The most fundamental line of inquiry into EL seems to be a search for associations between surface acting and negative well-being outcomes versus deep acting and less-negative or positive outcomes. For example, Brotheridge and Lee (2003), in studying burnout, found that surface acting correlated positively with emotional exhaustion and depersonalization and negatively with professional accomplishment. Deep acting was not associated with emotional exhaustion and correlated positively with professional accomplishment.Though this study is not free of the well-recognized limitations of cross-sectional and self-report designs, it did acknowledge one variable that is often overlooked: individual differences.The authors used positive affect (PA) and negative affect (NA) as moderator variables, finding that individuals high in PA fared far better in avoiding negative outcomes associated with burnout, while a dramatic opposite was found for those with NA.
Perhaps the most careful study that we found was one that combined qualitative and quantitave methods to study the emotional demands on burnout (Briner & Poppleton, et al., 2008). The authors used quantitative diary studies, which can reveal within-persons differences – and interviews, which can reveal far more subtle insights than quantitative methods. Ultimately, Briner & Poppleton (2008) questioned the validity and reliability of the construct of burnout, and they were cautious in recommending the following intervention guidelines:
We have defined key terms and examined EL and its development, occupational scope and operationalization problems, and some of the best evidence. Acknowledging Hans Selye’s (1976) view that the only bad theory is a sterile one and even a wrong theory can be useful, we conclude that, in spite of its problems, EL has been quite useful in promoting further theory and research. It’s too early to abandon it – and we hope that it can be further unpacked to produce better evidence-based management recommendations and more practice-relevant research.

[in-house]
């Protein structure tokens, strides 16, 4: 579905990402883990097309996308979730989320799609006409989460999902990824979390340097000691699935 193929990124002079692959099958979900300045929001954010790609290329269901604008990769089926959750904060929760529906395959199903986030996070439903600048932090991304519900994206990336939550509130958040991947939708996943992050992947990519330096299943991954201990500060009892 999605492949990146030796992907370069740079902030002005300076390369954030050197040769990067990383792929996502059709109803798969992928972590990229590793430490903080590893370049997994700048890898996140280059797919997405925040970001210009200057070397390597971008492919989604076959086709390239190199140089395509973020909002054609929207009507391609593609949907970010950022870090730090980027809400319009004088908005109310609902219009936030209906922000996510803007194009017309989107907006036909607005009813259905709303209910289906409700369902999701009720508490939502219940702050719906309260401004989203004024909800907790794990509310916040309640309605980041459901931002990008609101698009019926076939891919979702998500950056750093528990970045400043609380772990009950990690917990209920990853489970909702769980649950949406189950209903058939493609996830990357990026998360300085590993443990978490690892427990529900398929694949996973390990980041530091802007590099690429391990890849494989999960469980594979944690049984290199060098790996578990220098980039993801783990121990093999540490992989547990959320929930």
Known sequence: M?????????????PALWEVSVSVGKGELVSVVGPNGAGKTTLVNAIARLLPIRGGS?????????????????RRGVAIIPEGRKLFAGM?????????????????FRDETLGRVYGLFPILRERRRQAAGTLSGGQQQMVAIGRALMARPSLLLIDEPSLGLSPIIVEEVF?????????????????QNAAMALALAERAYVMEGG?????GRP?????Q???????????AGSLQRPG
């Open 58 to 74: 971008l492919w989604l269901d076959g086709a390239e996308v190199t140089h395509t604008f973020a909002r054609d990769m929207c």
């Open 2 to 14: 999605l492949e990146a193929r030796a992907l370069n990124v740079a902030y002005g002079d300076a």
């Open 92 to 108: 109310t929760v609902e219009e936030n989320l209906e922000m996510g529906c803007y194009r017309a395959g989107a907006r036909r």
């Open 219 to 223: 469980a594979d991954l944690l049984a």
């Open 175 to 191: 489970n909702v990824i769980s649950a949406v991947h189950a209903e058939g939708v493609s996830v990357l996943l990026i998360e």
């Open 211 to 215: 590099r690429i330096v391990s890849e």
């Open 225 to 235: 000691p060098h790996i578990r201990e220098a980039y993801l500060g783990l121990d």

*"Labour" is the British spelling, which was used by the authors of the course material. However, the essay writer used the American spelling "labor" because she is from the U.S.
Exam performance: This answer was memorized and used under exam conditions, after which it was marked at the merit level – the lowest possible score designated as merit-level, but merit-level nonetheless.
Two comments: 1) The answer could have benefitted from a topic sentence, 2) In terms of time and literature review investment, this practice essay is an outstanding example of what NOT to do. This writer spent four months conducting an exhaustive literature review on emotional labor, hoping to use theory and evidence gleaned from it to earn a distinction-level mark should this question appear as an exam choice, which it did. In retrospect, higher marks might have been earned by limiting citations mostly to those covered during conferencing and perhaps citing only one or two references that would have indicated wider reading. At least for the purposes of developing a potential exam answer, the extensive literature review was a waste of time. 3) The quality of one's handwriting may be a significant intervening variable in an examination design of this nature.
(The answer was slightly edited prior to posting).